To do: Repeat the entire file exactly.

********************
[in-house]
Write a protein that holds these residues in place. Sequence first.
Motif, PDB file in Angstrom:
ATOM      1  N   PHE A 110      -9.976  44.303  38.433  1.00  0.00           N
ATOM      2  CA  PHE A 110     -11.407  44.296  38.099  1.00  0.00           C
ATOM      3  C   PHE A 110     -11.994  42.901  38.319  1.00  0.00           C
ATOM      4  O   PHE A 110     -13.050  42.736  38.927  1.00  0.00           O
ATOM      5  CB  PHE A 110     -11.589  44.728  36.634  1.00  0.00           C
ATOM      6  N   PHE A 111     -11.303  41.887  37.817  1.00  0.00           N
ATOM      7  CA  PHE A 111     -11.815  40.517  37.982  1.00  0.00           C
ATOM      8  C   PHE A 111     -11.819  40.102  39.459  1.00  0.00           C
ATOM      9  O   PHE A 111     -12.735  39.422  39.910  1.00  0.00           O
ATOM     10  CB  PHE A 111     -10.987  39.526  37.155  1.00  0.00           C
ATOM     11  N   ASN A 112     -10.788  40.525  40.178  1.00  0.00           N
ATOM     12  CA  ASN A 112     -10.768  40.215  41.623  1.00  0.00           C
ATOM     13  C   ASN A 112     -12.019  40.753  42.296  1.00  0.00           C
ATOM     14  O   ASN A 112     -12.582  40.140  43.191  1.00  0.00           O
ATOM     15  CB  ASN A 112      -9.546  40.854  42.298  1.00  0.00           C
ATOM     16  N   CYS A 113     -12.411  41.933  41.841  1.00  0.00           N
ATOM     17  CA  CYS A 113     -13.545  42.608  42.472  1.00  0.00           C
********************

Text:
[in-house]
Write a protein that holds these residues in place. Sequence first.
Motif, PDB file in Angstrom:
ATOM      1  N   PHE A 110      -9.976  44.303  38.433  1.00  0.00           N
ATOM      2  CA  PHE A 110     -11.407  44.296  38.099  1.00  0.00           C
ATOM      3  C   PHE A 110     -11.994  42.901  38.319  1.00  0.00           C
ATOM      4  O   PHE A 110     -13.050  42.736  38.927  1.00  0.00           O
ATOM      5  CB  PHE A 110     -11.589  44.728  36.634  1.00  0.00           C
ATOM      6  N   PHE A 111     -11.303  41.887  37.817  1.00  0.00           N
ATOM      7  CA  PHE A 111     -11.815  40.517  37.982  1.00  0.00           C
ATOM      8  C   PHE A 111     -11.819  40.102  39.459  1.00  0.00           C
ATOM      9  O   PHE A 111     -12.735  39.422  39.910  1.00  0.00           O
ATOM     10  CB  PHE A 111     -10.987  39.526  37.155  1.00  0.00           C
ATOM     11  N   ASN A 112     -10.788  40.525  40.178  1.00  0.00           N
ATOM     12  CA  ASN A 112     -10.768  40.215  41.623  1.00  0.00           C
ATOM     13  C   ASN A 112     -12.019  40.753  42.296  1.00  0.00           C
ATOM     14  O   ASN A 112     -12.582  40.140  43.191  1.00  0.00           O
ATOM     15  CB  ASN A 112      -9.546  40.854  42.298  1.00  0.00           C
ATOM     16  N   CYS A 113     -12.411  41.933  41.841  1.00  0.00           N
ATOM     17  CA  CYS A 113     -13.545  42.608  42.472  1.00  0.00           C